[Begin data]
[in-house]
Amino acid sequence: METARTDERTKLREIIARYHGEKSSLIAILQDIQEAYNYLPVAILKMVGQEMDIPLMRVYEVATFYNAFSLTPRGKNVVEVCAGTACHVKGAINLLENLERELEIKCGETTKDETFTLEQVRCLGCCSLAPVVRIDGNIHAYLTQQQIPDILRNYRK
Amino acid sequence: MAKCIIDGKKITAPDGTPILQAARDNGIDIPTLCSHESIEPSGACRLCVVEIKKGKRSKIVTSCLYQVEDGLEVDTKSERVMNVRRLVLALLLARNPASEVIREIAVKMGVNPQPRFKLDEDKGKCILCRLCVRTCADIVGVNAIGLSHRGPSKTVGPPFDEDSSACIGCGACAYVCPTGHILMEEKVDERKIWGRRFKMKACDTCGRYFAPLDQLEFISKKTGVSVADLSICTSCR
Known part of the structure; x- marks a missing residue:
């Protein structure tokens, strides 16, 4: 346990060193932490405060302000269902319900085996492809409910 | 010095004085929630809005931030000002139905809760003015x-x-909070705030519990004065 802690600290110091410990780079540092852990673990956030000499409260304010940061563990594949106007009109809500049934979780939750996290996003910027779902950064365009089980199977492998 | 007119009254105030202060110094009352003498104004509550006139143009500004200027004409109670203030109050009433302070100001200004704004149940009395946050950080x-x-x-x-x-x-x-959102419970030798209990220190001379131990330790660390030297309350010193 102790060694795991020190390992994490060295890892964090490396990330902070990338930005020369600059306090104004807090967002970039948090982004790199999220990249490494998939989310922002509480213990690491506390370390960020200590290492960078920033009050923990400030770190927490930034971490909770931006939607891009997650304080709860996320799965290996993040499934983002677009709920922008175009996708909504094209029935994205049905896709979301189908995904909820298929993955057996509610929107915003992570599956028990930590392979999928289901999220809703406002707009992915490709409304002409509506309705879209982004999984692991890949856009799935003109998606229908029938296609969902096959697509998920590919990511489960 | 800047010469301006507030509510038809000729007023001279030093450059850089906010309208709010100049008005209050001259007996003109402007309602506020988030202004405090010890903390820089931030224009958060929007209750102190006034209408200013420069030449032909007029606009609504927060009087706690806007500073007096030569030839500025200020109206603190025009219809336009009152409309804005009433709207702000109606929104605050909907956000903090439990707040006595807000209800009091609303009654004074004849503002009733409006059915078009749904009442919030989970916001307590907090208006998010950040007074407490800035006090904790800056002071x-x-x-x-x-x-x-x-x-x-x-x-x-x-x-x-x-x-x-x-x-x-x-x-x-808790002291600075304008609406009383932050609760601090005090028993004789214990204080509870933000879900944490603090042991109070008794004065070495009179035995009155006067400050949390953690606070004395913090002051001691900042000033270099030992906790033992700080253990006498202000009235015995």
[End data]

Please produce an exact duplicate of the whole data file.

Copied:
[in-house]
Amino acid sequence: METARTDERTKLREIIARYHGEKSSLIAILQDIQEAYNYLPVAILKMVGQEMDIPLMRVYEVATFYNAFSLTPRGKNVVEVCAGTACHVKGAINLLENLERELEIKCGETTKDETFTLEQVRCLGCCSLAPVVRIDGNIHAYLTQQQIPDILRNYRK
Amino acid sequence: MAKCIIDGKKITAPDGTPILQAARDNGIDIPTLCSHESIEPSGACRLCVVEIKKGKRSKIVTSCLYQVEDGLEVDTKSERVMNVRRLVLALLLARNPASEVIREIAVKMGVNPQPRFKLDEDKGKCILCRLCVRTCADIVGVNAIGLSHRGPSKTVGPPFDEDSSACIGCGACAYVCPTGHILMEEKVDERKIWGRRFKMKACDTCGRYFAPLDQLEFISKKTGVSVADLSICTSCR
Known part of the structure; x- marks a missing residue:
């Protein structure tokens, strides 16, 4: 346990060193932490405060302000269902319900085996492809409910 | 010095004085929630809005931030000002139905809760003015x-x-909070705030519990004065 802690600290110091410990780079540092852990673990956030000499409260304010940061563990594949106007009109809500049934979780939750996290996003910027779902950064365009089980199977492998 | 007119009254105030202060110094009352003498104004509550006139143009500004200027004409109670203030109050009433302070100001200004704004149940009395946050950080x-x-x-x-x-x-x-959102419970030798209990220190001379131990330790660390030297309350010193 102790060694795991020190390992994490060295890892964090490396990330902070990338930005020369600059306090104004807090967002970039948090982004790199999220990249490494998939989310922002509480213990690491506390370390960020200590290492960078920033009050923990400030770190927490930034971490909770931006939607891009997650304080709860996320799965290996993040499934983002677009709920922008175009996708909504094209029935994205049905896709979301189908995904909820298929993955057996509610929107915003992570599956028990930590392979999928289901999220809703406002707009992915490709409304002409509506309705879209982004999984692991890949856009799935003109998606229908029938296609969902096959697509998920590919990511489960 | 800047010469301006507030509510038809000729007023001279030093450059850089906010309208709010100049008005209050001259007996003109402007309602506020988030202004405090010890903390820089931030224009958060929007209750102190006034209408200013420069030449032909007029606009609504927060009087706690806007500073007096030569030839500025200020109206603190025009219809336009009152409309804005009433709207702000109606929104605050909907956000903090439990707040006595807000209800009091609303009654004074004849503002009733409006059915078009749904009442919030989970916001307590907090208006998010950040007074407490800035006090904790800056002071x-x-x-x-x-x-x-x-x-x-x-x-x-x-x-x-x-x-x-x-x-x-x-x-x-808790002291600075304008609406009383932050609760601090005090028993004789214990204080509870933000879900944490603090042991109070008794004065070495009179035995009155006067400050949390953690606070004395913090002051001691900042000033270099030992906790033992700080253990006498202000009235015995």